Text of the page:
Captures of manta and devil rays by small-scale gillnet fisheries in northern Peru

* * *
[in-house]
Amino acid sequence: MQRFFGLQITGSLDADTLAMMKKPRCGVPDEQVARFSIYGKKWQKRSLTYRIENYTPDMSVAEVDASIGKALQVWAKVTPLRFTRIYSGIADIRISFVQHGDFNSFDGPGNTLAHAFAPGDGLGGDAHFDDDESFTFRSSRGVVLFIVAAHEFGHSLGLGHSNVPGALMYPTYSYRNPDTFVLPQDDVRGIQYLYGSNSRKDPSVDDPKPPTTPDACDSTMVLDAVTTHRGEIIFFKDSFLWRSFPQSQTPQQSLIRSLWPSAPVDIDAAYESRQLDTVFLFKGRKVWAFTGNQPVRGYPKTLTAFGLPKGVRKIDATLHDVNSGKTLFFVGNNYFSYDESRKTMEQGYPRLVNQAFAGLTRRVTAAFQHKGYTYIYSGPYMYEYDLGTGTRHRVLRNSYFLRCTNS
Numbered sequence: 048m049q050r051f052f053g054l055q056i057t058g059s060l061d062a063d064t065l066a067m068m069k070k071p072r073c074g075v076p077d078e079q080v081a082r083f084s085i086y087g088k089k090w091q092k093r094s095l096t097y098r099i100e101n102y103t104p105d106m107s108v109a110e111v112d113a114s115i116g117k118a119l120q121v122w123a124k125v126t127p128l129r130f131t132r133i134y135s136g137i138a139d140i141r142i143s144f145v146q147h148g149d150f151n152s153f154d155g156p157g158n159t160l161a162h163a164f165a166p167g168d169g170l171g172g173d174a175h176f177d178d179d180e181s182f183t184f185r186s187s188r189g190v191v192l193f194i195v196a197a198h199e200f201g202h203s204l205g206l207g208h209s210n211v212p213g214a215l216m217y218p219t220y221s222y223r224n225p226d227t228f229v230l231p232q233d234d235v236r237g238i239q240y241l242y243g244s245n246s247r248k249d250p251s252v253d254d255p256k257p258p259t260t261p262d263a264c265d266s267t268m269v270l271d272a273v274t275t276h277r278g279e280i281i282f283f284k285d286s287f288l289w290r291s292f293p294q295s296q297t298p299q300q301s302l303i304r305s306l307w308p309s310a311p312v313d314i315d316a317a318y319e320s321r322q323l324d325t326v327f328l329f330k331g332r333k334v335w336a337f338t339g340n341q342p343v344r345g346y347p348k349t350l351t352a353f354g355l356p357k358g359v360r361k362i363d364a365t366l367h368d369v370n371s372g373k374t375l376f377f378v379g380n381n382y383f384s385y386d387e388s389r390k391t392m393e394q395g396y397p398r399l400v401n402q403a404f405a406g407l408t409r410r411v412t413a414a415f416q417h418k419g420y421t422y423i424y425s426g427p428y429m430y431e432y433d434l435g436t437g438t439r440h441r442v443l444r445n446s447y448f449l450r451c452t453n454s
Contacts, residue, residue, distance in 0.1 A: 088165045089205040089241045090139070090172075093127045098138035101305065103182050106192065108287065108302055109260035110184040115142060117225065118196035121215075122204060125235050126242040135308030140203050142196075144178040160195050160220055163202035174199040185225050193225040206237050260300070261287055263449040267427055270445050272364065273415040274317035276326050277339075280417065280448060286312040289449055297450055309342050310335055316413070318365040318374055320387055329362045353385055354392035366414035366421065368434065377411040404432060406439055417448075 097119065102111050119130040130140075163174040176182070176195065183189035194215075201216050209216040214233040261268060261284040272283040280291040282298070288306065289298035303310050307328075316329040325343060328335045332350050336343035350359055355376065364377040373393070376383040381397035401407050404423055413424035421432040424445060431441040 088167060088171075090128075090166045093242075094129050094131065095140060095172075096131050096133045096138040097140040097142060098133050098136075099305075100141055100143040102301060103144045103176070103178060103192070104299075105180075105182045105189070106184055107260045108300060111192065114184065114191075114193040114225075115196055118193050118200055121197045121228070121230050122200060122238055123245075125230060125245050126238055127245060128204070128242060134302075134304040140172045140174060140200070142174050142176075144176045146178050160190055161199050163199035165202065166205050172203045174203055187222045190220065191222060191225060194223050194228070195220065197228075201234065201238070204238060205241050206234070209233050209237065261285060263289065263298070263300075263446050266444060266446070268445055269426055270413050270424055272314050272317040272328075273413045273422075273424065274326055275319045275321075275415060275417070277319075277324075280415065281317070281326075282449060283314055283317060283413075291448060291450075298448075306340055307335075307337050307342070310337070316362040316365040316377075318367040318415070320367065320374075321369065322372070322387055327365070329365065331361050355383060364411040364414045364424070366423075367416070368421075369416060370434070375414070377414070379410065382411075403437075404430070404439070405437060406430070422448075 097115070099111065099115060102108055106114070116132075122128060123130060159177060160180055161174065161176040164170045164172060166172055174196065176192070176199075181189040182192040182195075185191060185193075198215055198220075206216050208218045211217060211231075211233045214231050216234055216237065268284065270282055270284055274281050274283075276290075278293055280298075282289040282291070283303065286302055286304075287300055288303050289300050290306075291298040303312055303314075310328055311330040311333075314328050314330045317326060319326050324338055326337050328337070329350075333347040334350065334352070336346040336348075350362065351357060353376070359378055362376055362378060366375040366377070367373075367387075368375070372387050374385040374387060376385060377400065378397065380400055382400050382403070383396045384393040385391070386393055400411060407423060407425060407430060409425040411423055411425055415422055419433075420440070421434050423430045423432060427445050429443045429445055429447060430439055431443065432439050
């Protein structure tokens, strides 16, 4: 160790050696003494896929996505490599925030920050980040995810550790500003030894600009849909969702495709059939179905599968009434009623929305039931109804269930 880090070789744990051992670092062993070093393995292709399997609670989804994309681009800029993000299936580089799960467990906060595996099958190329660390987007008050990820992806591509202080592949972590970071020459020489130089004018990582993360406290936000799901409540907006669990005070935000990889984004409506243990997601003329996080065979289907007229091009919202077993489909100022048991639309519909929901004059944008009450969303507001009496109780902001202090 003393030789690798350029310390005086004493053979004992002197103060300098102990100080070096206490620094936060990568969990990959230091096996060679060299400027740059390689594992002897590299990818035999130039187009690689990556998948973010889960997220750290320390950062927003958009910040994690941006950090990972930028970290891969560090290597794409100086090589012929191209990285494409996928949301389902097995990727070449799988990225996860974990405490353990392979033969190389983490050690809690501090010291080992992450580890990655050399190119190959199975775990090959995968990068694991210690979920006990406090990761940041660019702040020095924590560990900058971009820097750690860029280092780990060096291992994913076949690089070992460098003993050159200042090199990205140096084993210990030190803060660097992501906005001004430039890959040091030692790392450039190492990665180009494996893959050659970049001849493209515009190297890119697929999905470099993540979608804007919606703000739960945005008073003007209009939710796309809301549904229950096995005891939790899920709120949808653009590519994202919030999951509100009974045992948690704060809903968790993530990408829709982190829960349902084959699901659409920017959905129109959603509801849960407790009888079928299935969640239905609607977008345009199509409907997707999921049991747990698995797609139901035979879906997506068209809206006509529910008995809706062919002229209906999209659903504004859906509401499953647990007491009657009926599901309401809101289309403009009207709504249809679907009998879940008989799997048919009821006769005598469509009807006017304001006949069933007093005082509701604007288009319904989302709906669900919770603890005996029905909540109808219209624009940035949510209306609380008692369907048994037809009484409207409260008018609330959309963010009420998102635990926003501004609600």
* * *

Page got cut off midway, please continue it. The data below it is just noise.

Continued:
There is a growing global concern for the conservation of manta and devil rays (Mobulidae). Populations of mobulids are falling worldwide and fisheries are one of the main activities contributing to this decline. Mobulid landings have been reported in Peru for decades. However, detailed information regarding the description of mobulid captures is not available. This study provides an assessment of mobulid captures and fish-market landings by small-scale gillnet fisheries from three landing sites in northern Peru. Onboard and shore-based observations were used to monitor captures and landings respectively between January 2015 and February 2016. All mobulid species known to occur in Peru were recorded from landings, with immature Mobula japanica as the most frequent catch. No manta rays (Manta birostris) were reported as caught although one specimen was observed as landed. The mean nominal CPUE was 1.6 ± 2.8 mobulids[km.day]−1 while the average capture per set (fishing operation) was 2.0 ± 8.09 mobulids[set]−1. Smooth hammerhead shark (S. zygaena) and yellowfin tuna (T. albacares) were target species highly associated with mobulid captures. The majority of mobulid captures occurred in nearshore waters and over the continental shelf off Zorritos and San Jose. Mobulid capture showed a temporal trend, increasing between September 2015 and February 2016, with a peak in October 2015 (10.17 ± 0.23 mobulids[km.day]−1), reflected by landings that showed an additional peak in May. A generalized linear zero-inflated negative binomial two-part model (GLM ZINB) indicated that longitude and latitude explained both the zero-inflated binomial model, as well as the count negative binomial model, which also included season as a explanatory variable for differences in mobulid captures. The mean CPUE (mobulids[km.day]−1) and mean Variance values obtained from the fitted final model were 1.73 and 25.51, respectively. Results also suggest that high mobulid captures could reflect an opportunistic behaviour of fishermen who catch mobulids when target species are not as abundant. Considering the global conservation status of mobulids, (Manta and Mobula), and acknowledging that M. birostris was the only species not recorded captured in the study but is the only species legally protected in Peru, further studies are necessary to support the possible inclusion of Mobula species in national management plans.